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Who: Simone Leigh
What: Sentinel IV
Where: 2501 Wichita St
Why: Sentinel IV, by artist Simone Leigh, represents the first work in Landmarks’ collection created by a Black woman artist. Inspired by the visual traditions of Africa, the American south, and the Caribbean, Leigh’s work reflects the histories, identities, and experiences of the diaspora—cultures and people that originated in the African continent and circulated either through forced or voluntary means around the world.
This sculpture is modeled after a ceremonial spoon from the Zulu culture of southern Africa. During wedding rituals, the spoon is exchanged and symbolizes the bride’s entry into her husband’s family and home. In the 19th century, these spoons became popular as souvenirs for international travelers due to their portability and artistry. Using this and other indigenous African objects as a framework, Leigh upends historical ideas of Black women and creates forms that communicate Black female beauty and empowerment.
Sentinel IV is sited in the courtyard of the Anna Hiss Gymnasium, which opened in 1931 and served as the first athletic facility for women on the university campus. However, Black women were not allowed to attend the university and use this space until 1956. Leigh’s commanding form stands watchful and observant, emanating a powerful presence that proclaims a radical openness to seeing and being seen.
Knowing the history of Anna Hiss Gymnasium, what do you think it means for Leigh’s work to be sited here? How does it shape your understanding of the sculpture and its significance?
My name is Stephanie Sparling Williams and I am the Associate Curator at the Mount Holyoke College Art Museum, located in South Hadley, Massachusetts. I also teach at the intersection of Art History and Black Studies, and in this recording will offer some background on sculpture Sentinel IV, made by internationally acclaimed artist, Simone Leigh.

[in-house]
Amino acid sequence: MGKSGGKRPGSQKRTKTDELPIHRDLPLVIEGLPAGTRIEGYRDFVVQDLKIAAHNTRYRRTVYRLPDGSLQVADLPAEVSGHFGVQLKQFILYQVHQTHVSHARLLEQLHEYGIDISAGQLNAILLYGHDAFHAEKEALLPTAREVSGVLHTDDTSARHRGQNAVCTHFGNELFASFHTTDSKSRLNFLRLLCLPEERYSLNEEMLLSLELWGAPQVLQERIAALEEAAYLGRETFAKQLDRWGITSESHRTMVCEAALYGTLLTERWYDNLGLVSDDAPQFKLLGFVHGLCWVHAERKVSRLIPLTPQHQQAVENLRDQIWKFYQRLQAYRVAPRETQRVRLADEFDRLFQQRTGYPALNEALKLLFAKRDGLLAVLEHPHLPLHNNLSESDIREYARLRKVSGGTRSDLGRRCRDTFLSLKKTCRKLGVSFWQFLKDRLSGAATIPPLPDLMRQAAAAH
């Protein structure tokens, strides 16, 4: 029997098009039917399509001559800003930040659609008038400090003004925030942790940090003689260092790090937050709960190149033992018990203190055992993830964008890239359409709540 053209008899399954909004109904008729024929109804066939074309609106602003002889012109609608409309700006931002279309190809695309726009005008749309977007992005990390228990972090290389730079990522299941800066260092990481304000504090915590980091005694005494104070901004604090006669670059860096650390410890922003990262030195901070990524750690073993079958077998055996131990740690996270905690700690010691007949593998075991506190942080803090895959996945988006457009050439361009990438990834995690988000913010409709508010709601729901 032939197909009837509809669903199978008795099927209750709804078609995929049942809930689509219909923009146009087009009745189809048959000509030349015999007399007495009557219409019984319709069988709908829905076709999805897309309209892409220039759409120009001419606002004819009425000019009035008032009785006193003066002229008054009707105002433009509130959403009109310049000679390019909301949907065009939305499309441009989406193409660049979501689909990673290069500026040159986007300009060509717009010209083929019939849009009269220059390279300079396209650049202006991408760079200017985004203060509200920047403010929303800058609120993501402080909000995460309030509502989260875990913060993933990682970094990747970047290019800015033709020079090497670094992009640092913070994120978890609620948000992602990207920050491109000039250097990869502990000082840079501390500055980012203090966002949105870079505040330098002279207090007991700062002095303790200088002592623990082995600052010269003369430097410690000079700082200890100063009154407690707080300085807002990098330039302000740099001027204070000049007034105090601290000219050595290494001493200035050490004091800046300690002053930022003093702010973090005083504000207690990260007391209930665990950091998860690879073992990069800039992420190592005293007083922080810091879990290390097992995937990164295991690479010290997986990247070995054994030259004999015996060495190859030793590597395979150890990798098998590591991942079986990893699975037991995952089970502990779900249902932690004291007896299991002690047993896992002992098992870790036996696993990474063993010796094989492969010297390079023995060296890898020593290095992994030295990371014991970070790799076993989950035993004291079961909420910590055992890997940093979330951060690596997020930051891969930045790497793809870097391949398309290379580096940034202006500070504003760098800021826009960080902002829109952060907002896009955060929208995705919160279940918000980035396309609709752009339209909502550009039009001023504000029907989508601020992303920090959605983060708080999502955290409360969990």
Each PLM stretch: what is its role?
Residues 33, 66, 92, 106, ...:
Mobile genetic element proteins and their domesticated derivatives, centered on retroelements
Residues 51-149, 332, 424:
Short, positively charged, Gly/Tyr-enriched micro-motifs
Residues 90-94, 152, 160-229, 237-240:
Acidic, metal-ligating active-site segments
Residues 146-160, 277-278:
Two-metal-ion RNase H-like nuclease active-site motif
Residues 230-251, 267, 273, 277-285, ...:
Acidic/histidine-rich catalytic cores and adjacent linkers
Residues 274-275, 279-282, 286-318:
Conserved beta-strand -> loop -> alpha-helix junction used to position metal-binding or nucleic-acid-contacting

Leigh is celebrated for her deep formal investigations into familiar objects, which she reworks in order to destabilize their original signs and connotations. Whether breast fetishes, enlarged cowry shells, or glazed stoneware inspired by antebellum South Carolinian face vessels, these objects represent Leigh’s sustained meditations on Black women and their bodies as a kind of material culture—to use the artist’s words—and as containers for history, trauma, and knowledge.
Monumental in scale, Sentinel IV is silent, still, rooted. At ten-and-a-half feet tall, this slender guardian with its elongated proportions and faceless bowl crown exudes a mystical presence. In Leigh’s hands, bronze becomes sentient—the smooth, black, semi-reflective surface glistens radiantly where it stands in the Anna Hiss Gymnasium courtyard.
Leigh explores the Black female form through its material and cultural associations with notions of labor, specifically objects that amalgamate the body with tools for everyday use. The figure of Sentinel IV is one such cultural object, and is likely familiar to those who have ever traveled to South Africa.
Used as a ceremonial spoon in its original context, this nineteenth- and early twentieth-century object became popular among tourists drawn to its stunning artistry and portability.
Meant to represent feminine beauty and sensuality, the carved form originated in its use as ceremonial cutlery often accompanying other Zulu wedding rituals. The wooden object, notably anthropomorphized in female form, signified the bride’s entry into her husband’s family and home. Often given by the bride’s father, the spoon is kept safe in a woven satchel. Those found in regional tourist shops, however, are often displayed upright, like Sentinel IV, supported by tiny stands, and the souvenirs range in size from a few inches to several feet, with designs varying from wide brimmed bowls and thick, beaded stem handles, to delicate, sinuous, and anthropomorphic stems with circular pitted bowls.
The Black female form in the artist’s sculptural practice more broadly is transformed into an aesthetic object to be looked at and admired, rather than touched and used. Leigh simultaneously liberates the Black female form from a cycle as a ritual implement, in this instance, and propels it into its setting here by way of the commercial fine art world. What do you see? How are you reading and understanding this form today in its new context?
For me, Leigh’s sentinel stakes radical claim to existence in a moment when Black existence, in particular, is persistently under threat. Sentinel IV holds space and holds court—an apt landmark poised to see, hear, and represent—to project Black presence into the future of The University of Texas at Austin and beyond, while bearing witness to this indelible present.